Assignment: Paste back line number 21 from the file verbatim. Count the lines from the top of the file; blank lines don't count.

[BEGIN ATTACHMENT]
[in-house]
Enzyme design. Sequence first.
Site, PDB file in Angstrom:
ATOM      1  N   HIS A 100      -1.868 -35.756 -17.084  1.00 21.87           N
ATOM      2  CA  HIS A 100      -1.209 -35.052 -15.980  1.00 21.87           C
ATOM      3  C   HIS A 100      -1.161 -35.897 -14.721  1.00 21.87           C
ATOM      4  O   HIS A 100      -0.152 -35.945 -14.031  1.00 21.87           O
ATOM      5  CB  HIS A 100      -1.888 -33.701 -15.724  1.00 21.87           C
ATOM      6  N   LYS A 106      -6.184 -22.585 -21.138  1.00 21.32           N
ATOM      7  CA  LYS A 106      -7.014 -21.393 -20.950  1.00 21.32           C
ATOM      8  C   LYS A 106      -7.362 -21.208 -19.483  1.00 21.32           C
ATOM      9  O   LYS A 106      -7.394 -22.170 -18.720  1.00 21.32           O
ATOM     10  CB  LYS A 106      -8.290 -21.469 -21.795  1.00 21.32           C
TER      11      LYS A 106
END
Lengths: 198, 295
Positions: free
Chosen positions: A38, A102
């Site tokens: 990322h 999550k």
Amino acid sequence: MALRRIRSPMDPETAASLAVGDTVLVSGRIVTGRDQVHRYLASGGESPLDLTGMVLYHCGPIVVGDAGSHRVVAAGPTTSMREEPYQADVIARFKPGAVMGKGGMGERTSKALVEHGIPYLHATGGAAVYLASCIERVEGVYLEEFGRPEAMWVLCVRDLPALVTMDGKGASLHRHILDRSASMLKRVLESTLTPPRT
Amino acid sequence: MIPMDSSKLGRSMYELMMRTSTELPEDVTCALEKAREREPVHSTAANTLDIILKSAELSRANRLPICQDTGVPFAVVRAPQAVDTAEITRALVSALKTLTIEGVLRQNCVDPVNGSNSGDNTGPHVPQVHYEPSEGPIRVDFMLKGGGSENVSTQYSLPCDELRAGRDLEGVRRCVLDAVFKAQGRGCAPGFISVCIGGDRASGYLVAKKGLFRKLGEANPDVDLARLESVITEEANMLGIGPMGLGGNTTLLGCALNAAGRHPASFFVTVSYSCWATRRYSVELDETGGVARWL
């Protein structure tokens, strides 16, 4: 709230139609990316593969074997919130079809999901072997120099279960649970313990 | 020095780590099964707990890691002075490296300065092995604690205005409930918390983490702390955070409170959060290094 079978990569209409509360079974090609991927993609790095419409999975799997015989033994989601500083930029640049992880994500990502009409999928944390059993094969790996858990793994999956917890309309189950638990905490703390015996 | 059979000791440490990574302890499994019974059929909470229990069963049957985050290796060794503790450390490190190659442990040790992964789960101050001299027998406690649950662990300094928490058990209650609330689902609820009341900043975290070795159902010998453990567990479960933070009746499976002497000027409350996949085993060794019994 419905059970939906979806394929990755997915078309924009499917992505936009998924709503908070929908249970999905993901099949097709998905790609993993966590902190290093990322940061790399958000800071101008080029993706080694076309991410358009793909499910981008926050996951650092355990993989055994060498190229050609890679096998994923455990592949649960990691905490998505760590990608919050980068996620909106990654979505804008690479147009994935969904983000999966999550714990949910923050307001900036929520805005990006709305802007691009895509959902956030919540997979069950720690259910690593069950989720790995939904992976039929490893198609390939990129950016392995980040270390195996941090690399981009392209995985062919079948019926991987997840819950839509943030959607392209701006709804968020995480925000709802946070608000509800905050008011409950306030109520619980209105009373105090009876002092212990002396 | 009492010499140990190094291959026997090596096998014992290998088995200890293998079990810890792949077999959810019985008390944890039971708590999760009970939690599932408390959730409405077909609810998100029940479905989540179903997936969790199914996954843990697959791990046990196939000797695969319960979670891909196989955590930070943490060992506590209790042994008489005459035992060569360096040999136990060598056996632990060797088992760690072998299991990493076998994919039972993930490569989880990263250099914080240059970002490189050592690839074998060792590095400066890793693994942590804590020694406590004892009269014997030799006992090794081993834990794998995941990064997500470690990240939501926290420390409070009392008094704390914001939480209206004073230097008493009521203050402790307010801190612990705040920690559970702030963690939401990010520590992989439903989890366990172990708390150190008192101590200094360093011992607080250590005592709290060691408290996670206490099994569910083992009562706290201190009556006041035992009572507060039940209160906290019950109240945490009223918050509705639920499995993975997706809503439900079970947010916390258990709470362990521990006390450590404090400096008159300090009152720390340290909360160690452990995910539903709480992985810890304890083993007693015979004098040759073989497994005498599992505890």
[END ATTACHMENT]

Amino acid sequence: MIPMDSSKLGRSMYELMMRTSTELPEDVTCALEKAREREPVHSTAANTLDIILKSAELSRANRLPICQDTGVPFAVVRAPQAVDTAEITRALVSALKTLTIEGVLRQNCVDPVNGSNSGDNTGPHVPQVHYEPSEGPIRVDFMLKGGGSENVSTQYSLPCDELRAGRDLEGVRRCVLDAVFKAQGRGCAPGFISVCIGGDRASGYLVAKKGLFRKLGEANPDVDLARLESVITEEANMLGIGPMGLGGNTTLLGCALNAAGRHPASFFVTVSYSCWATRRYSVELDETGGVARWL